“You foolish person, do you want evidence that faith without deeds is useless? Was not our father Abraham considered righteous for what he did when he offered his son Isaac on the altar? You see that his faith and his actions were working together, and his faith was made complete by what he did. And the scripture was fulfilled that says, “Abraham believed God, and it was credited to him as righteousness,” and he was called God’s friend. You see that a person is considered righteous by what they do and not by faith alone.”
(James 2:20-24 NIV)
James continues the argument he began in chapter 2 verse 14 for true faith in Christ. And what is this argument for true faith, saving faith? True faith must be evidenced in a person’s life by their actions.
In verse 18, James sets up a debate between two people, one person arguing for faith alone (without any evidence), the other person arguing for faith demonstrated by the way a person lives. In verse 20, James continues his argument for evidence of faith for that faith to be real.
In verse 14, James uses the term of endearment, “brothers and sisters”, to get their attention, because he has something important to say. In verse 20, he speaks to the person that believes faith does not need any evidence to be real. James addresses this person with a rather sharp rebuke, calling them “foolish”. The term “foolish” used here means to be vain, to be completely empty of any shred of God’s truth. And what has this person used to displace, to replace God’s truth? Their own opinion.
James presents his evidence for true faith, saving faith via the life of Abraham, specifically in Abraham’s act of near-sacrifice of his only son, his beloved son, Isaac (Genesis 22:1-19). And how was Abraham’s action of taking the journey with his son, building an alter, tying up his son, and picking up the knife with full intent to sacrifice him a show of faith, and not just some random act of an insane, deranged person?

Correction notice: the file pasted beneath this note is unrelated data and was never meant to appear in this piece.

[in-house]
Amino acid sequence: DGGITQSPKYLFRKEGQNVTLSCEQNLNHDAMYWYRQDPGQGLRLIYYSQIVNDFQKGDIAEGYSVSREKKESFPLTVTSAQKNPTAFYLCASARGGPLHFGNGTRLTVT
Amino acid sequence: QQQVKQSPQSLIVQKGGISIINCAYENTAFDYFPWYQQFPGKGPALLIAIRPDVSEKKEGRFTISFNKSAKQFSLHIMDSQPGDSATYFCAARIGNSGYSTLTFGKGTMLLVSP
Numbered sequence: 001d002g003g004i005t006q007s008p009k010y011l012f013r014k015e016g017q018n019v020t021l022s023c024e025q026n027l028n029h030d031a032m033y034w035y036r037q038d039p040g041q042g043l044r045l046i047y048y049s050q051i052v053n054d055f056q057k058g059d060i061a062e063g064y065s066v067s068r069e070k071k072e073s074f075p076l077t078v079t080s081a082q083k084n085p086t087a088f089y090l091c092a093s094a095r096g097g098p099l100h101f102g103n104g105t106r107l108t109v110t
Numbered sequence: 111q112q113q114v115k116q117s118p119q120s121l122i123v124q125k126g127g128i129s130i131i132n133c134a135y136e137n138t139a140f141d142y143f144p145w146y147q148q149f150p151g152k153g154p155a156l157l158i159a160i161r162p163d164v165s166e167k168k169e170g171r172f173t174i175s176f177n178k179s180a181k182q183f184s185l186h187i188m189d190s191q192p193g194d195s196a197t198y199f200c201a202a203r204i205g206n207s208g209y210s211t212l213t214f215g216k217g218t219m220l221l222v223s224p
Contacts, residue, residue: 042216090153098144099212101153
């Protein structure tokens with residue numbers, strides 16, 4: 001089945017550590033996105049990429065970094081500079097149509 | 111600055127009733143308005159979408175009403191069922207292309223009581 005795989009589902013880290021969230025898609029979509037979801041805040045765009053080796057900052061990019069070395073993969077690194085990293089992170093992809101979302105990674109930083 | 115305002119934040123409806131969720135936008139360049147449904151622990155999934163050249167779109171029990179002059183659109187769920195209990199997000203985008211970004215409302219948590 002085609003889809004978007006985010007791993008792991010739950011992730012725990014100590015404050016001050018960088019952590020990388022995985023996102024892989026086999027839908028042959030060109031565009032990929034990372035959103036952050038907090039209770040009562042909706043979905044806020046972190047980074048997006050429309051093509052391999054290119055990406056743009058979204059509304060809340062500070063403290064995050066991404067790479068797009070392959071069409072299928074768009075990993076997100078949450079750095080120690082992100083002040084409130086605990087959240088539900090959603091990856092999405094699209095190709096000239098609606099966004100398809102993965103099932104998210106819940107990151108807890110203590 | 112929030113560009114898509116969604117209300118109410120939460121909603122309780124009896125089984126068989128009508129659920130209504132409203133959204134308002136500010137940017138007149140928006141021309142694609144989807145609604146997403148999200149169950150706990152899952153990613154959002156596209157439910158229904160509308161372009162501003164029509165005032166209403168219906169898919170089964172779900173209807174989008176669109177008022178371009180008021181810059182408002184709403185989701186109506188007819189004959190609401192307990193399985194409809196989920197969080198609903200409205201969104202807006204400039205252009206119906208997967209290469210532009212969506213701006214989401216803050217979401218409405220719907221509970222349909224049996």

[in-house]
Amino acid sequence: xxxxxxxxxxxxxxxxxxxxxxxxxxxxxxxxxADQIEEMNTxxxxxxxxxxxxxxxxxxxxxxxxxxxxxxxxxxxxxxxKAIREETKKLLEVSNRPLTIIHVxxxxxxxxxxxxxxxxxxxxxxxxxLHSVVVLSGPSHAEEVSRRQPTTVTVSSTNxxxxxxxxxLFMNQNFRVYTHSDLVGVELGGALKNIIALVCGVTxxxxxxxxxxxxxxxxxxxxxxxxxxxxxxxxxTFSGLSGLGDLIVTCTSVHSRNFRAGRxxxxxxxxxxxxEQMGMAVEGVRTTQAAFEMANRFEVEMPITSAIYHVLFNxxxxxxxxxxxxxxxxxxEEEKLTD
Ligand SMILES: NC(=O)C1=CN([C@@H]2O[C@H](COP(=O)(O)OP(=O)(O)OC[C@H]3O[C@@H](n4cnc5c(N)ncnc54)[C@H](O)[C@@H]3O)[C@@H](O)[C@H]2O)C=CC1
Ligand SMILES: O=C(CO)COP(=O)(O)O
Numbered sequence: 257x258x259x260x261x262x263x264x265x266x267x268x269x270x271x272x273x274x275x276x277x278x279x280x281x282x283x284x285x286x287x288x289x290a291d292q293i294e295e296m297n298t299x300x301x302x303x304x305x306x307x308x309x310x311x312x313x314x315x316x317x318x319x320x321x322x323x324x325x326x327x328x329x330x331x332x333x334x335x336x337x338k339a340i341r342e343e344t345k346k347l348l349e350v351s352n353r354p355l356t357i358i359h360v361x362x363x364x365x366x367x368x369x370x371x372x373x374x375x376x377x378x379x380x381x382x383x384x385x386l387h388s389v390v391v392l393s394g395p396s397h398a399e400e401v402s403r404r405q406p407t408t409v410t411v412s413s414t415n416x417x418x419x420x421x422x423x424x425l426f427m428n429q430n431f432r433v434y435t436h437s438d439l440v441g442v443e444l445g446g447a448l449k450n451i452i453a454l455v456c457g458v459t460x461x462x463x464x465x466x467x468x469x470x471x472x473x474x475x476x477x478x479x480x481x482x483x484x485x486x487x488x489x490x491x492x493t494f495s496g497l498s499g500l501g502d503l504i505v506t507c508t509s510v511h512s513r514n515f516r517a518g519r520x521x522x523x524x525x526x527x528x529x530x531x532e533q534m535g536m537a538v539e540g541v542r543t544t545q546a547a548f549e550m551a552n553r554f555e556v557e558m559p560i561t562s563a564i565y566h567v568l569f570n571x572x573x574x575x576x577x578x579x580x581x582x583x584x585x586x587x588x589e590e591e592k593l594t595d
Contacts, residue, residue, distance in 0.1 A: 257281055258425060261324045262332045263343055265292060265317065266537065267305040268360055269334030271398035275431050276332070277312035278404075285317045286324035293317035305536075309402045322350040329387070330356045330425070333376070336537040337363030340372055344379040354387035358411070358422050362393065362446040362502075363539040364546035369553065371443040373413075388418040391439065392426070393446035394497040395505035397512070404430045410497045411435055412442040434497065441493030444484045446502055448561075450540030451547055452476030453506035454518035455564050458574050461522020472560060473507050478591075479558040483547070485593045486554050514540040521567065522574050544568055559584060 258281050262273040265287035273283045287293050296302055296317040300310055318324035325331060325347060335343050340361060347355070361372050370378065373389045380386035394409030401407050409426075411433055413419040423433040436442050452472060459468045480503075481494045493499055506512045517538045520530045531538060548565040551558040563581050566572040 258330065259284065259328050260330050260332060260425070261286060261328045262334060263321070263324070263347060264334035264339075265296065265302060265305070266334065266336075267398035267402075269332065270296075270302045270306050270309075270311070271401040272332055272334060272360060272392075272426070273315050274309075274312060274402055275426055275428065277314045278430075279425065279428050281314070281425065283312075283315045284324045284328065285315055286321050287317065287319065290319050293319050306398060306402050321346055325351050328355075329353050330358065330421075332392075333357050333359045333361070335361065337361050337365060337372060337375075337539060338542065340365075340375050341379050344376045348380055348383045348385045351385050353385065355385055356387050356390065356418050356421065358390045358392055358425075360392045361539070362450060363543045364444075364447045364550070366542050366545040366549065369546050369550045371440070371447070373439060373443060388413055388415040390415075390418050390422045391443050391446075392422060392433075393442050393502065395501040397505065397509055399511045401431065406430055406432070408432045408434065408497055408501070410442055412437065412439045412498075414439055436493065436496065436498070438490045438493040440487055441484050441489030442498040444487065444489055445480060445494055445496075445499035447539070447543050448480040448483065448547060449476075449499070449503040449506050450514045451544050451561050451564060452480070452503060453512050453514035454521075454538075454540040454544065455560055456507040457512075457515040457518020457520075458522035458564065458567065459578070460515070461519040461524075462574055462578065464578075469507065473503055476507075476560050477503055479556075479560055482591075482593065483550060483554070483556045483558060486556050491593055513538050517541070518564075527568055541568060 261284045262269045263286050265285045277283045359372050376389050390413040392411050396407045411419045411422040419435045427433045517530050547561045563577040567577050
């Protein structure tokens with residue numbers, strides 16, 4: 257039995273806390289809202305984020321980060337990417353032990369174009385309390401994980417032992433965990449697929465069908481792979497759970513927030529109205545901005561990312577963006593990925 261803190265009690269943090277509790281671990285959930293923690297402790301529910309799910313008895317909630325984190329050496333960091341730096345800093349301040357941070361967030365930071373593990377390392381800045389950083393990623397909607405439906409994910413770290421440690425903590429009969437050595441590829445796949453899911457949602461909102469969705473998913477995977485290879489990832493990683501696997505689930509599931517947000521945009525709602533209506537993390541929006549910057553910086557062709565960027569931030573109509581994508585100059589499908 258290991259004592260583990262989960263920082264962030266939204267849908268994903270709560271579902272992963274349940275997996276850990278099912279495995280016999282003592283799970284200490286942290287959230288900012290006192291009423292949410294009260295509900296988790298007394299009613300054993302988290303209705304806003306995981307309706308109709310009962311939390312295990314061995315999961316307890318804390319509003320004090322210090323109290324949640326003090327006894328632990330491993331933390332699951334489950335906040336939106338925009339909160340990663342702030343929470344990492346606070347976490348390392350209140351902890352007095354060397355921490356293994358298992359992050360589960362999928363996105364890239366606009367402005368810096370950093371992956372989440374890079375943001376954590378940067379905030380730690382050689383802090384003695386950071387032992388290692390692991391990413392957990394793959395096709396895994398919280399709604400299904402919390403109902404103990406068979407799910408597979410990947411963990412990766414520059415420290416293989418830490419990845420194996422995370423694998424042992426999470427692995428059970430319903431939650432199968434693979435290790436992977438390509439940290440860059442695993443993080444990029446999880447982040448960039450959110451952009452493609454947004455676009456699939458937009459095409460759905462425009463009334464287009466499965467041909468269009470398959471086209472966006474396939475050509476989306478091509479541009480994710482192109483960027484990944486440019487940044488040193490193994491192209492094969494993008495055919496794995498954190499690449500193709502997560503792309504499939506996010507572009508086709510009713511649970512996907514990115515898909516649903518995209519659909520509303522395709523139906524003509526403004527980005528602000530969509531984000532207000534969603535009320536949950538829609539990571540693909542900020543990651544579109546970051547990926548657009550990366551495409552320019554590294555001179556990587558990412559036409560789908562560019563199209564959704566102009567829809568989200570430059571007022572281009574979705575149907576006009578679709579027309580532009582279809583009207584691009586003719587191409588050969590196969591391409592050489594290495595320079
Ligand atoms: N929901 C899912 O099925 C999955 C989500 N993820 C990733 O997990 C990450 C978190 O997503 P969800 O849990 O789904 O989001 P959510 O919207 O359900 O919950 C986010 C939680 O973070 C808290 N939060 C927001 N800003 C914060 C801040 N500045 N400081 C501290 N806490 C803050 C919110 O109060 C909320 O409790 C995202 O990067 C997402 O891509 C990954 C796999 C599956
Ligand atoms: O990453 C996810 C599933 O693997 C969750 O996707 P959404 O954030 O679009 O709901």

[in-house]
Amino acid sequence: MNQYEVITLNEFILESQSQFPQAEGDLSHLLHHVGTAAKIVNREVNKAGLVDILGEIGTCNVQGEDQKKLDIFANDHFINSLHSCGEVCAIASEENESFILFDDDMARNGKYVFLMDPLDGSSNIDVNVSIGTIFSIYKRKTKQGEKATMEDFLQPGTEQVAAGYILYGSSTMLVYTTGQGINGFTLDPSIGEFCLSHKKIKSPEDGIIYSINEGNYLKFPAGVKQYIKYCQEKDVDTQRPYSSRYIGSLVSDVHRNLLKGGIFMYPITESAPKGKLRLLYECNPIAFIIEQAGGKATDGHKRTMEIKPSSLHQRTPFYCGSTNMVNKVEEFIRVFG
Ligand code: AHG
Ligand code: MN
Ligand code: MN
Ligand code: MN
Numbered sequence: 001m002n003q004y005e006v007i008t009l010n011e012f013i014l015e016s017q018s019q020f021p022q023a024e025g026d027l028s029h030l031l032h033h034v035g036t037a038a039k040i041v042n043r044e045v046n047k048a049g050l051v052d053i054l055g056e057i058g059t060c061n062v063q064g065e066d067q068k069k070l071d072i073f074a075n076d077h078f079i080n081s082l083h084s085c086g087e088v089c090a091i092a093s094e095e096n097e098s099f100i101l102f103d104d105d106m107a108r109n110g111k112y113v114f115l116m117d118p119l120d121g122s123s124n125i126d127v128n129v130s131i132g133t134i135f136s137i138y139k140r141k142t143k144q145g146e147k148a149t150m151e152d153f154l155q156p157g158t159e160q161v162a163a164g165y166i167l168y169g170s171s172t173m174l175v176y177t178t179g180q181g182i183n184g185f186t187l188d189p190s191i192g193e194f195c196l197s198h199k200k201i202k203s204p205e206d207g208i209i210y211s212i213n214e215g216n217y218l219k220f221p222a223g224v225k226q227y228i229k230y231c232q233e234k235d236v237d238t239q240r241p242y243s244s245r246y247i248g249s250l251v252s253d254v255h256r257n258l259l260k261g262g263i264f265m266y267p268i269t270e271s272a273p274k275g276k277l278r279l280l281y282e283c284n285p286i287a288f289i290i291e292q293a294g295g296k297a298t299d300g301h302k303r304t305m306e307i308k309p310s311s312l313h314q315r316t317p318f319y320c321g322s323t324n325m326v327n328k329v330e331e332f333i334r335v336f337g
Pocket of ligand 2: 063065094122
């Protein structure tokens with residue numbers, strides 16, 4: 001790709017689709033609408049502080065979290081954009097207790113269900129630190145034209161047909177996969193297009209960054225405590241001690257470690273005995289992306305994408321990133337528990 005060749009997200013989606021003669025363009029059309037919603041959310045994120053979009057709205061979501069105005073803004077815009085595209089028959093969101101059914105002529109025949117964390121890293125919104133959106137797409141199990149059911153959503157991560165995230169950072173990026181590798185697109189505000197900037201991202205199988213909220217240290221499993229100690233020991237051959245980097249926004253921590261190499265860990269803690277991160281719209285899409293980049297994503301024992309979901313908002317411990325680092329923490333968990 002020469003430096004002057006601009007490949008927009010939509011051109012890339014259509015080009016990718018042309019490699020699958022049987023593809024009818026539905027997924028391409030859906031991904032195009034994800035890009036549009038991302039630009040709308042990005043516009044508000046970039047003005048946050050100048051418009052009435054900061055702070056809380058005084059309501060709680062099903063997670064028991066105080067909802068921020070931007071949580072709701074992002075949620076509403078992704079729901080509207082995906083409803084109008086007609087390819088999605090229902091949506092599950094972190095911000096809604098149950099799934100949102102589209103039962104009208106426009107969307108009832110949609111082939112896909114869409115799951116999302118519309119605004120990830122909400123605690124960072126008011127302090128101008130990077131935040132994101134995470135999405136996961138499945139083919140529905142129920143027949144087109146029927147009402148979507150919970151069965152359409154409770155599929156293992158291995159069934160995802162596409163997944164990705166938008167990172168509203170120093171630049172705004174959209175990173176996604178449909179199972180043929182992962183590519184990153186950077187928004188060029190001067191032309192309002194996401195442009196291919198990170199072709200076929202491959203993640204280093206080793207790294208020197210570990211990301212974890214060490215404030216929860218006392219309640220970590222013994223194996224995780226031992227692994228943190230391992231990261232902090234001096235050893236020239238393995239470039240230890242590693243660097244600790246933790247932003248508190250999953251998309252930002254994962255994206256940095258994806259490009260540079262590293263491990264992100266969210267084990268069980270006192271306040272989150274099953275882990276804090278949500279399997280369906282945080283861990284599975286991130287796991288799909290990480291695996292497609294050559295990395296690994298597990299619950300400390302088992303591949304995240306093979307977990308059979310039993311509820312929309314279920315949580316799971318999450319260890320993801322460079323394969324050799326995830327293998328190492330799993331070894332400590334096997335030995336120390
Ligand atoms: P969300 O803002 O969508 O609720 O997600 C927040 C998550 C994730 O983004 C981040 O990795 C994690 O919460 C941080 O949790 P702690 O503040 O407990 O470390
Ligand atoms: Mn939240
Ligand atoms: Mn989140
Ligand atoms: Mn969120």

The writer of Hebrews gives us insight into Abraham’s mindset: Abraham believed that God could raise Isaac from the dead (Hebrews 11:17-19). That’s a lot of faith, my friends.
James points out that Abraham’s faith in God was his starting point, and his actions were a result of his faith. Notice James’ careful ordering of words here “…his faith was made complete by what he did.”. Notice that James did not say that Abraham took action on his own, and then by faith, hoped that God would take care of the situation. Rather, James points out that Abraham listened to God’s command, had faith in God’s goodness and ability to resurrect Isaac from the dead, and took action to obey God. James tells us that Abraham’s faith was made complete, was proven true, by his actions.
Is that the end of the story? No.
James reminds his readers that “Abraham believed God, and it was credited to him as righteousness…” (Genesis 15:1-6). Notice the depth of Abraham’s faith in God. Abraham’s faith came first (Genesis 15), and his actions came later (Genesis 22). Abraham’s actions to sacrifice his son were after Abraham believed God’s promise to make him a mighty nation through his only son Isaac.
James concludes his argument with the evidence of Abraham’s life as his first example of faith with accompanying evidence of works: “You see that a person is considered righteous by what they do and not by faith alone.” (v. 24).
The world is watching us, dear friends. If we call ourselves followers of Christ, our actions need to reflect our beliefs. If our actions do not reflect our beliefs, we are like a little child with an imaginary friend that exists only in our minds. And God has no part in that delusion. But when our actions reflect our faith, God shows up, proving He is real to both us and to those watching us.